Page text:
Good Customer Service - neglect it at your peril!
By sealenterprises, Sep 3 2015 12:54PM
Good Customer Service - neglect it at your peril!
Once upon a time there was a land, a place where the interaction between staff and customer, that fleeting few seconds of inter communication between staff and client, was believed to be the most important thing in the success of any business.
Long before any new member of staff was allowed to practice their newly acquired skills on any member of the public or client, they had to undergo a rigorous and sometimes intensively demanding set of ‘customer code of practice’ training sessions. Not until they could demonstrate a minimum level of ‘customer service etiquette’ could they be allowed to deal direct with a customer or client. This code of conduct was rigorously enforced and regularly reviewed, with dire consequences if one did not fall back into line.
This ‘customer code of practice’ ethic, all started when you were growing up. If you were like me, the first education I ever received from my parents was I was only permitted to say just three words, ‘Please’ and ‘Thank You’. Once I had mastered the art of keeping my mouth shut, I was allowed to move onto the next phase of my human communication schooling. This involved the grand step of adding a few more words to these two phrases so that we then had, “Yes Please” and “No Thank You”!
In these few and brief early exchanges with other members of my species, I learned quite early this was all I ever needed to initiate a sound platform for human communication and mature discussion. However, this could only be done by adhering to a strict code of conduct and rules, which we also learnt at our peril:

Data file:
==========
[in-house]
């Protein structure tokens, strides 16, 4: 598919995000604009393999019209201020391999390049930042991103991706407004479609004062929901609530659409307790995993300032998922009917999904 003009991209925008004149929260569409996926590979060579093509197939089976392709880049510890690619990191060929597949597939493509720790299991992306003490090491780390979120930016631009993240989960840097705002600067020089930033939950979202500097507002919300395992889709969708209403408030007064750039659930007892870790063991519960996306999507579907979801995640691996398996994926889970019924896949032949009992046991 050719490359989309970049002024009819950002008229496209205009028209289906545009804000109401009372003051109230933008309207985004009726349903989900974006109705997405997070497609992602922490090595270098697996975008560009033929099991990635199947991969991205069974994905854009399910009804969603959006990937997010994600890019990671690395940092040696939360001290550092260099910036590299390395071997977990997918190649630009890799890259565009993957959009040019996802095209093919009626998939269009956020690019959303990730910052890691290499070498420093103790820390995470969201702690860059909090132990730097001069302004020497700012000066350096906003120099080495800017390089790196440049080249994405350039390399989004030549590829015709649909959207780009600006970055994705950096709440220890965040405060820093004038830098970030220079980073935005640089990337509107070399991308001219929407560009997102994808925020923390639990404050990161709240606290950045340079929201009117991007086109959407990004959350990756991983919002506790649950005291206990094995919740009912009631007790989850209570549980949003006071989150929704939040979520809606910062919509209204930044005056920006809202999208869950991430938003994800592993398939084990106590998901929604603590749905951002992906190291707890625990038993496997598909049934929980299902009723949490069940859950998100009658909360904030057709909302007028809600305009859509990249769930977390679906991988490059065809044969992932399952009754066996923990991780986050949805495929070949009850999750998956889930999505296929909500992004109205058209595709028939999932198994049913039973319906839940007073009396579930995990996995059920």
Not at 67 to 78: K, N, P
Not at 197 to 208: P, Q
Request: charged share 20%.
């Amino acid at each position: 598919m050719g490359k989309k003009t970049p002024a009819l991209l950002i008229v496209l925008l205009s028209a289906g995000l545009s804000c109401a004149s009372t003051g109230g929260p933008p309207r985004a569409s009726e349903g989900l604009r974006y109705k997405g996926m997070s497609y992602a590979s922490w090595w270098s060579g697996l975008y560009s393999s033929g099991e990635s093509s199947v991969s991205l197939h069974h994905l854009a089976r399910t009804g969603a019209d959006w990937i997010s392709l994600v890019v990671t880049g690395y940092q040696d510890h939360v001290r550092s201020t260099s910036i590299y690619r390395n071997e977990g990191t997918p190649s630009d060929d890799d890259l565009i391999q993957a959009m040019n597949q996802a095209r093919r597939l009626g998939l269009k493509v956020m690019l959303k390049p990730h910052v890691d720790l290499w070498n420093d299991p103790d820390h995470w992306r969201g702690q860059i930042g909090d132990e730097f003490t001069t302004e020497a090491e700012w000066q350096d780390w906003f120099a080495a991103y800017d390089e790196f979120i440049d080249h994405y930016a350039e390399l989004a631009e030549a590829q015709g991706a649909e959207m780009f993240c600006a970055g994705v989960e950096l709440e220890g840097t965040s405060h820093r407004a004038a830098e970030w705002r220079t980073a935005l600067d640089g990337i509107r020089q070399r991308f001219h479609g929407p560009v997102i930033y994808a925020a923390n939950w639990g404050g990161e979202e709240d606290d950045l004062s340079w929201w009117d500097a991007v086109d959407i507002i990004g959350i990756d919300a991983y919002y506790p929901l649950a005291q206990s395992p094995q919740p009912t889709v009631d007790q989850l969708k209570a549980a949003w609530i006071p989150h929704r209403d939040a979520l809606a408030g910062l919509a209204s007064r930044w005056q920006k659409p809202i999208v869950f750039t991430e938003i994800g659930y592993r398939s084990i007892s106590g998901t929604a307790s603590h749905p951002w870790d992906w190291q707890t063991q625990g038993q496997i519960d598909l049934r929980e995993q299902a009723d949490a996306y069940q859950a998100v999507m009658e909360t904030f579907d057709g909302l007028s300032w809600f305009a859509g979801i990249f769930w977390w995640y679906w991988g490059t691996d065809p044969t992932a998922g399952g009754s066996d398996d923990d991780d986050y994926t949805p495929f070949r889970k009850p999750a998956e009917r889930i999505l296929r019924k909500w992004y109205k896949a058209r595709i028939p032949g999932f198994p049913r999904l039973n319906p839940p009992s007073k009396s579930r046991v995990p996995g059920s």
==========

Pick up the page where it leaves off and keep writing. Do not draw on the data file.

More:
You could only ever talk to someone, when you have been spoken too!
You never, ever talked out of turn
Whatever you were asked, your answer could ever only have two possible outcomes; “Yes please” or “No Thank You”
And you never talked with your mouth full.
That was it. For the first few years of my life, it seemed that’s all I was ever allowed to say. If you broke or attempted to break any of these early communicating rules, punishment was usually dealt out to you like you had committed some terrible crime.
I am now in my fifties and my first automatic response, when someone asks me for something or tells me something, is to say “Yes please” or “No Thank You”. I must point out, I have moved on since those early days and my fifty-odd years on this planet has allowed me to acquired a much more varied and in-depth vocabulary these days.
Being taught how, when and why to say, “Yes please” or “No Thank You” was my and probably most of us, first lesson in the lost disciplines of manners and social etiquette.
These lessons of social interaction and manners gradually increased in their complexity and effectiveness, throughout my childhood and teenage years, yet those four basic core rules, still form the heart of all my communication today. I call these rules the ‘art of effective, social, interactive communication’.